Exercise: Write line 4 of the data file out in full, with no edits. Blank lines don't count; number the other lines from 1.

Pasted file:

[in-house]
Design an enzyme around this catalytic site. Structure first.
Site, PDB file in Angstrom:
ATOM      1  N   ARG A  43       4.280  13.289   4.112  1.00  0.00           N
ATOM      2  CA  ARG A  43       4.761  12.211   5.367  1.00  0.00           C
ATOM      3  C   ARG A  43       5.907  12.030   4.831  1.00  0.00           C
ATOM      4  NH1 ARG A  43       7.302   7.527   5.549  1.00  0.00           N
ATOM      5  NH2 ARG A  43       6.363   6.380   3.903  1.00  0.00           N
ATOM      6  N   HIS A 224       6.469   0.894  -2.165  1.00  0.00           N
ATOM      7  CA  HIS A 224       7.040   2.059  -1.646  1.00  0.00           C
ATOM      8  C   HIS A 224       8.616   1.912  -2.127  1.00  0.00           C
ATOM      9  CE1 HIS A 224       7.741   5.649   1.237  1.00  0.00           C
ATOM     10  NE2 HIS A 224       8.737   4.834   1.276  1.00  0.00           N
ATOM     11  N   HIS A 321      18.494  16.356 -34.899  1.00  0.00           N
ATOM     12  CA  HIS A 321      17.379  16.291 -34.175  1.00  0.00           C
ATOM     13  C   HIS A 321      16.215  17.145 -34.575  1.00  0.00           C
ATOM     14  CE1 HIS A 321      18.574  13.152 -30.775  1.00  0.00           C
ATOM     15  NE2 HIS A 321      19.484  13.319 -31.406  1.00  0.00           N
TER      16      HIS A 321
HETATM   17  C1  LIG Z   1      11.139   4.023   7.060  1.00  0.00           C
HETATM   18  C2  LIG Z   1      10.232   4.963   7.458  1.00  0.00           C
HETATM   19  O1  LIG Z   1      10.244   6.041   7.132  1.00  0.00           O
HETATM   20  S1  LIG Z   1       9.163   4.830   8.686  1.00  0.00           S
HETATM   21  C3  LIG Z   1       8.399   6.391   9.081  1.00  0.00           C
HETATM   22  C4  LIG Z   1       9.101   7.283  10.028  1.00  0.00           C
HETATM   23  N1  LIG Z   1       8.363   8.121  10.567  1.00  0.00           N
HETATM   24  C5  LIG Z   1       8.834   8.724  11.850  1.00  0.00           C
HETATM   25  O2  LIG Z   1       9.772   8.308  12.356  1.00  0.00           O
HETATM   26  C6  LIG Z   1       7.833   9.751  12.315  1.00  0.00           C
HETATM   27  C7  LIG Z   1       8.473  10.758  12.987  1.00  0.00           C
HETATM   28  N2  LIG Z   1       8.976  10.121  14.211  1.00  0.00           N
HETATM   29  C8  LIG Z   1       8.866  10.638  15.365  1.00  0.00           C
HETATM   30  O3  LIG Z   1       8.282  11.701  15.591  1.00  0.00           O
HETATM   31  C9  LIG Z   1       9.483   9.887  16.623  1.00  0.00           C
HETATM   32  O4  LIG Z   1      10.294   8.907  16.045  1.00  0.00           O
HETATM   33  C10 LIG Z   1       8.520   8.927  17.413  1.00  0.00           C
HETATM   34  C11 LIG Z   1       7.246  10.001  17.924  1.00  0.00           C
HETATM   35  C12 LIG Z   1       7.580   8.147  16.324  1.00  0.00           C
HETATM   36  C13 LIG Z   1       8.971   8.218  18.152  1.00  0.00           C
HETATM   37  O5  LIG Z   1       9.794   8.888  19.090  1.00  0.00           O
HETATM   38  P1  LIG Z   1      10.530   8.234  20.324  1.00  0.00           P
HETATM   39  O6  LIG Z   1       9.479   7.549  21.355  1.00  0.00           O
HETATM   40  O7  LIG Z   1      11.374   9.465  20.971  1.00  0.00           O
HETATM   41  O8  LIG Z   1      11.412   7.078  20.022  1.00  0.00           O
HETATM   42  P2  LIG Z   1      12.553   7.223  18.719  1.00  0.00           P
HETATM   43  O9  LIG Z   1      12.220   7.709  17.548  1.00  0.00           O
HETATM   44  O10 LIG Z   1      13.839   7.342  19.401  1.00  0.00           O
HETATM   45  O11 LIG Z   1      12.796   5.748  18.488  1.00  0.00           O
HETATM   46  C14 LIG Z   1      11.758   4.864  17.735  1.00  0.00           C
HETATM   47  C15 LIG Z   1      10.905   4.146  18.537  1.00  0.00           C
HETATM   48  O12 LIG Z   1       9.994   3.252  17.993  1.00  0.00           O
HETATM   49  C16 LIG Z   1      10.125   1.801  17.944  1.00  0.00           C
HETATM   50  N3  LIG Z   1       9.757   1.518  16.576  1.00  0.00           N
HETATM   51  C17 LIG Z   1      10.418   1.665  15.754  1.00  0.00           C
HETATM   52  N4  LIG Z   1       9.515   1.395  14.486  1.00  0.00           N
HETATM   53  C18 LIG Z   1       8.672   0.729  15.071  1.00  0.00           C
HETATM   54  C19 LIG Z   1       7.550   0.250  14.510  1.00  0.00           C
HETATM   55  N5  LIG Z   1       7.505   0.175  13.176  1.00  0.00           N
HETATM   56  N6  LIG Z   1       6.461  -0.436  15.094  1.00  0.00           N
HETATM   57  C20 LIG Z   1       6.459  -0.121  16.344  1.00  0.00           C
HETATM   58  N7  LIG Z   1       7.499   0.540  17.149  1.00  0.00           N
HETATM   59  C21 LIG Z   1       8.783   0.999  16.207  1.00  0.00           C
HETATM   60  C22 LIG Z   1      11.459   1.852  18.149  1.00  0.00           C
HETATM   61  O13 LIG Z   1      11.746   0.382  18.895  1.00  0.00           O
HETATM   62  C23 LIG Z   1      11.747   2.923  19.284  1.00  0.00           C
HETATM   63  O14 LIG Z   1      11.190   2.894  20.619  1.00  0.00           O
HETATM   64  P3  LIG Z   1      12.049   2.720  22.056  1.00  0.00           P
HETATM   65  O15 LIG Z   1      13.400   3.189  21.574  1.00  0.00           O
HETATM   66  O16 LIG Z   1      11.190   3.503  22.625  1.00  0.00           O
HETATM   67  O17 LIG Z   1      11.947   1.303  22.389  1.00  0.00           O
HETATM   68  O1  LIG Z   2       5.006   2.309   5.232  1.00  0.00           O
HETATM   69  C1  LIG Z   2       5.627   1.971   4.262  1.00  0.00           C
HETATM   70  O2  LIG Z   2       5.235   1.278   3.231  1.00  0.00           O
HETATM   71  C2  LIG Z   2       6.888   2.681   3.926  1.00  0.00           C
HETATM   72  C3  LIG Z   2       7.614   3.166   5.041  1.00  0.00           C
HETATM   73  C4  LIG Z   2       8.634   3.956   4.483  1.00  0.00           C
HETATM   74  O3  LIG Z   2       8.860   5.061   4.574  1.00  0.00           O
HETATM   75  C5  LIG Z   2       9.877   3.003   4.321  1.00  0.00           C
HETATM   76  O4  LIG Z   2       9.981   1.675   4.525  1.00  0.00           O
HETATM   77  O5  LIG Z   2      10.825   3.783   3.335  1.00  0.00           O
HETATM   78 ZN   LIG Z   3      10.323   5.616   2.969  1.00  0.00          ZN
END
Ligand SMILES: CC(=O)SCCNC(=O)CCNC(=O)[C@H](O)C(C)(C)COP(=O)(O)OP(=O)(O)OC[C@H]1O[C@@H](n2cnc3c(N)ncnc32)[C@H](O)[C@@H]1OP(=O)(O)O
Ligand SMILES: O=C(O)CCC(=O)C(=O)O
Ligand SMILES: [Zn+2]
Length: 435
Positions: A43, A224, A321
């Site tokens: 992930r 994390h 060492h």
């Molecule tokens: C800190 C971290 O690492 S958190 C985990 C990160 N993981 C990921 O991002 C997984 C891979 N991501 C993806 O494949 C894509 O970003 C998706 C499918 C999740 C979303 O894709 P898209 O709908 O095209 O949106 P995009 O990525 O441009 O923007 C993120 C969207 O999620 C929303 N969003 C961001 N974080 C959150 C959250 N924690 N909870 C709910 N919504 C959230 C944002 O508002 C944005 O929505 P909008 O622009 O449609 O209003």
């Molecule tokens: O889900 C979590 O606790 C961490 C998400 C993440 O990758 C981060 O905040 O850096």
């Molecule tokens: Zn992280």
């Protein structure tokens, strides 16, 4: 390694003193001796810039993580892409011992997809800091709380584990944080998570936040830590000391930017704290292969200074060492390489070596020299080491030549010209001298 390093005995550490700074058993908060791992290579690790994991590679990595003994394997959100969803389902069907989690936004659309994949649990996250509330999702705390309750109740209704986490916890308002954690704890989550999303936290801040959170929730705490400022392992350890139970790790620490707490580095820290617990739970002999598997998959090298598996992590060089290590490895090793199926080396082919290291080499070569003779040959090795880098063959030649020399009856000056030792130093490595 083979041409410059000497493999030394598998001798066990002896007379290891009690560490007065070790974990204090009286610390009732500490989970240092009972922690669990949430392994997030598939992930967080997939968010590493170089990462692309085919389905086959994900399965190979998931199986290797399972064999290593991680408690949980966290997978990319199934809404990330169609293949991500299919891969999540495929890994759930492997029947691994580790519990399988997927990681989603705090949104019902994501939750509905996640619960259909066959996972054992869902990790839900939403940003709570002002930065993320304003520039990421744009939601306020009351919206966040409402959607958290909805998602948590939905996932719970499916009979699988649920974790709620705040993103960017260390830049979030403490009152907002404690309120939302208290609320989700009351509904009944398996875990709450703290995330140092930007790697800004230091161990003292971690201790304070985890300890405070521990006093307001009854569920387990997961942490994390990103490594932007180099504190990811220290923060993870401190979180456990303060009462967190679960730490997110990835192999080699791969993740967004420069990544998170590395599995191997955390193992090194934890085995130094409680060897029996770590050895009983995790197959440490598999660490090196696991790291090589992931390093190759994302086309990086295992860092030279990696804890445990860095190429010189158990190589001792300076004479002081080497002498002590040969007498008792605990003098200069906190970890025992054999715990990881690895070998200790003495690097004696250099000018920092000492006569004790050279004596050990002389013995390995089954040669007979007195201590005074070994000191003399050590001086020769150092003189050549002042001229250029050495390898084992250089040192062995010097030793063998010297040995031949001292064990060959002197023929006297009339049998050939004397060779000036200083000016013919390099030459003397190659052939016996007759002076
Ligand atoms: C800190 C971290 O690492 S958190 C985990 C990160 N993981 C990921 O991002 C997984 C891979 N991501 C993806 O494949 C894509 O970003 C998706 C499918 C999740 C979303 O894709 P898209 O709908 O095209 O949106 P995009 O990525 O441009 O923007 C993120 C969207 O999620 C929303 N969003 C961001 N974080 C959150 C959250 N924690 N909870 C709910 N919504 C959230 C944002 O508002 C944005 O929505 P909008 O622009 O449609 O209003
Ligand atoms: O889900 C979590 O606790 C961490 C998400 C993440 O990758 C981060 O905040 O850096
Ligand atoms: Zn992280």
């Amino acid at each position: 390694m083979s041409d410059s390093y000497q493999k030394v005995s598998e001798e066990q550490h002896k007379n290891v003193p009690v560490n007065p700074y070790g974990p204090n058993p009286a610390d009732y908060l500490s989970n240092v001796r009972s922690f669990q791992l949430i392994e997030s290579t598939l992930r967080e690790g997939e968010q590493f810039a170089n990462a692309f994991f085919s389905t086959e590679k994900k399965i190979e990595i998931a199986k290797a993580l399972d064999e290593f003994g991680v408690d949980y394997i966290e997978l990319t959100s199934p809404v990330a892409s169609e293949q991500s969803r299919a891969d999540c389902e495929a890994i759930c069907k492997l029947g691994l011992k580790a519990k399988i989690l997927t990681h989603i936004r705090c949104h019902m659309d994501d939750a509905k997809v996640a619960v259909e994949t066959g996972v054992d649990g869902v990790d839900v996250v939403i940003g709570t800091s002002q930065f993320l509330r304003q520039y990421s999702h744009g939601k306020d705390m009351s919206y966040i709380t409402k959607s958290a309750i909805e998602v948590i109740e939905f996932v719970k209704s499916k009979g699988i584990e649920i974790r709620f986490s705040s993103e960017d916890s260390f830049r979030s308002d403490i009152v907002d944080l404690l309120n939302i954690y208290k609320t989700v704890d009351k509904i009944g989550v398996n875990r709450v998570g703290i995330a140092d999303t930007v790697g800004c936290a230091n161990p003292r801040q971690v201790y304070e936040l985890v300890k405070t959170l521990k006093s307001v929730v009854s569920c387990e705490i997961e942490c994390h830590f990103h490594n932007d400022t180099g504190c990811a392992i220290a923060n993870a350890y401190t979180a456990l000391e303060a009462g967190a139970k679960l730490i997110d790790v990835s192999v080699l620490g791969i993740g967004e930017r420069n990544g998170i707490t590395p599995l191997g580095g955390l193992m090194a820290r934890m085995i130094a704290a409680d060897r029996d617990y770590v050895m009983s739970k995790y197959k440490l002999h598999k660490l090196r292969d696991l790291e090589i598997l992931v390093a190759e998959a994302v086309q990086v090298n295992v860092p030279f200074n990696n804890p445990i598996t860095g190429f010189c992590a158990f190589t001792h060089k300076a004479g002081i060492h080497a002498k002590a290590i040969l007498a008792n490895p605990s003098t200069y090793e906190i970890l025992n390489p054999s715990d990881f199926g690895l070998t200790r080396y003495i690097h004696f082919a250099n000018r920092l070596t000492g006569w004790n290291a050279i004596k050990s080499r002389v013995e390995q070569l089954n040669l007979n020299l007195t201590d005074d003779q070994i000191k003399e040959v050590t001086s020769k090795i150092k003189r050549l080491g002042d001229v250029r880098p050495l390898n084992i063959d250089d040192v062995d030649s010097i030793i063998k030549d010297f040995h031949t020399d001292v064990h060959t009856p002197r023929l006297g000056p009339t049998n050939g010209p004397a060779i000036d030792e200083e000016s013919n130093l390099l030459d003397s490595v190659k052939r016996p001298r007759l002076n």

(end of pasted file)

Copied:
ATOM      1  N   ARG A  43       4.280  13.289   4.112  1.00  0.00           N